Economic weakness and the anti-corruption crackdown continue to take a toll on China’s consumption demand, according to T Rowe Price fund manager Anh Lu.
‘We don’t see any signs of a revival in consumption yet, but once the anti-corruption measures stabilise, there could be some changes,’ Citywire + rated Lu, who manages the T Rowe Price Asia ex-Japan Equity fund, told Citywire Asia.
Lu said, in the past, much of the conspicuous spending had been driven by activities related to bribery and corruption.
‘What we are seeing right now is the normalised run rate of what the real economy is doing,' Lu said, adding it would possibly take another two years before investors saw the end of the corruption crackdown.
The resulting changes in demand and high penetration levels in some consumer sectors will also require investors to search out a different breed of consumer companies to back.
‘Now the challenge is for companies to come up with innovative products or products that are tailored for mass-affluent consumers,’ she said. ‘We are already seeing that with the changing margin structures of companies.’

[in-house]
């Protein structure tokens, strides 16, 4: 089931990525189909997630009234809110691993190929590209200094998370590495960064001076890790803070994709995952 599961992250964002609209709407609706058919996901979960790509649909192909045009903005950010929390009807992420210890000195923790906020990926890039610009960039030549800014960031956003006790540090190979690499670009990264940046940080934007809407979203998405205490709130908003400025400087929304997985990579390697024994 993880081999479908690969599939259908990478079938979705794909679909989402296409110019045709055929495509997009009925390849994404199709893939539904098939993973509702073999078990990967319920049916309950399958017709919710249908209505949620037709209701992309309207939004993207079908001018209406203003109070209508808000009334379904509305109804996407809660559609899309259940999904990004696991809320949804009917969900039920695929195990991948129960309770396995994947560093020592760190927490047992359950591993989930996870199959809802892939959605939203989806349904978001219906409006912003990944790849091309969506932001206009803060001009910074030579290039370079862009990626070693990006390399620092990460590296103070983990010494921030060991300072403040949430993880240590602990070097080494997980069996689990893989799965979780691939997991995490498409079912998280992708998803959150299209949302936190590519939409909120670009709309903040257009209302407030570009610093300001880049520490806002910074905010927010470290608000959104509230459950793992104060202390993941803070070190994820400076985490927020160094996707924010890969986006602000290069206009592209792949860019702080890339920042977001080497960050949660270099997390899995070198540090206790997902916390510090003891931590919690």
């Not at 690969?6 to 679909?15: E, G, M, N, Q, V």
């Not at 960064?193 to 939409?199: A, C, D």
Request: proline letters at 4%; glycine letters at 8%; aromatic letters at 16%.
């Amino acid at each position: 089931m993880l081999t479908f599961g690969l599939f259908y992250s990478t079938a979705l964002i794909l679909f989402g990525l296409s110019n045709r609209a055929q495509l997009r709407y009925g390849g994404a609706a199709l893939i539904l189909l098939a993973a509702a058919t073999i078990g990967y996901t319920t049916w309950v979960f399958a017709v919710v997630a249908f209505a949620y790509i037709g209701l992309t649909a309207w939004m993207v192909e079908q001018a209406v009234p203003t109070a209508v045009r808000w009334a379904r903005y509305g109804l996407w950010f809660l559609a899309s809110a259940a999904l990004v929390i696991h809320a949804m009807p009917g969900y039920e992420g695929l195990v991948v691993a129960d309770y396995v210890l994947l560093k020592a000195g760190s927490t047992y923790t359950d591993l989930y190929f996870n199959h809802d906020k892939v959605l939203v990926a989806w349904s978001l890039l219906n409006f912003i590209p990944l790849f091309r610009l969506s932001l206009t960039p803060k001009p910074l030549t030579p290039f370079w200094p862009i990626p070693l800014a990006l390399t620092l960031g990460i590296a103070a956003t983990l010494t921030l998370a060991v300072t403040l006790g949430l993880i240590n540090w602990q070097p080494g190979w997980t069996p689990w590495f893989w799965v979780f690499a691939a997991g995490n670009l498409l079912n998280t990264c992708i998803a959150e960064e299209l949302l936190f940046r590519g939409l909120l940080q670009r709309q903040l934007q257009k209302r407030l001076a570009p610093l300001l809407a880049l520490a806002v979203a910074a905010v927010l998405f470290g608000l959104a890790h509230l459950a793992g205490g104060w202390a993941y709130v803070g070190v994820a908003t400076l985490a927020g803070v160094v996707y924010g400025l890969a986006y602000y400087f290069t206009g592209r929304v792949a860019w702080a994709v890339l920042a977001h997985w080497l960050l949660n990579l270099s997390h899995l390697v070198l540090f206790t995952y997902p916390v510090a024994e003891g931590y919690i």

Finding value in Chinese equities
The recent rally in Chinese shares has helped fuel strong gains for bank stocks, but Lu said she is focusing on other sectors to find value in the market.
While the Hong Kong-Shanghai Connect has opened China’s A-share market to more foreign investors, Lu said many of the stocks on offer were not necessarily high-quality investments.
‘However, the A share market has some very strong healthcare and industrial companies,’ she said.
Lu also added that recent market gains have been driven mainly by expectations of more easing measures, rather than jubilation over the opening of the China A-share market under the new stock link.
'China is slowing down, and over the past few quarters, growth has slowed down too much. The government had to step in with easing measures. This year, the markets expect more easing measures,’ Lu said.
At the end of February, China’s central bank unexpectedly cut its policy rate by 25 basis points, its second in three months, as the world’s second largest economy slowed to its slowest pace in nearly 25 years – 7.4% - in 2014.
At the end of January 2015, Lu had 26.5% of the fund's portfolio invested in Chinese equities.
In the 12 months to the end of February 2015, the T Rowe Price Asia ex-Japan Equity fund returned 10.19 %, versus the Citywire-assigned benchmark, the MSCI AC Asia ex-Japan index, which rose 8.9% in US dollar terms.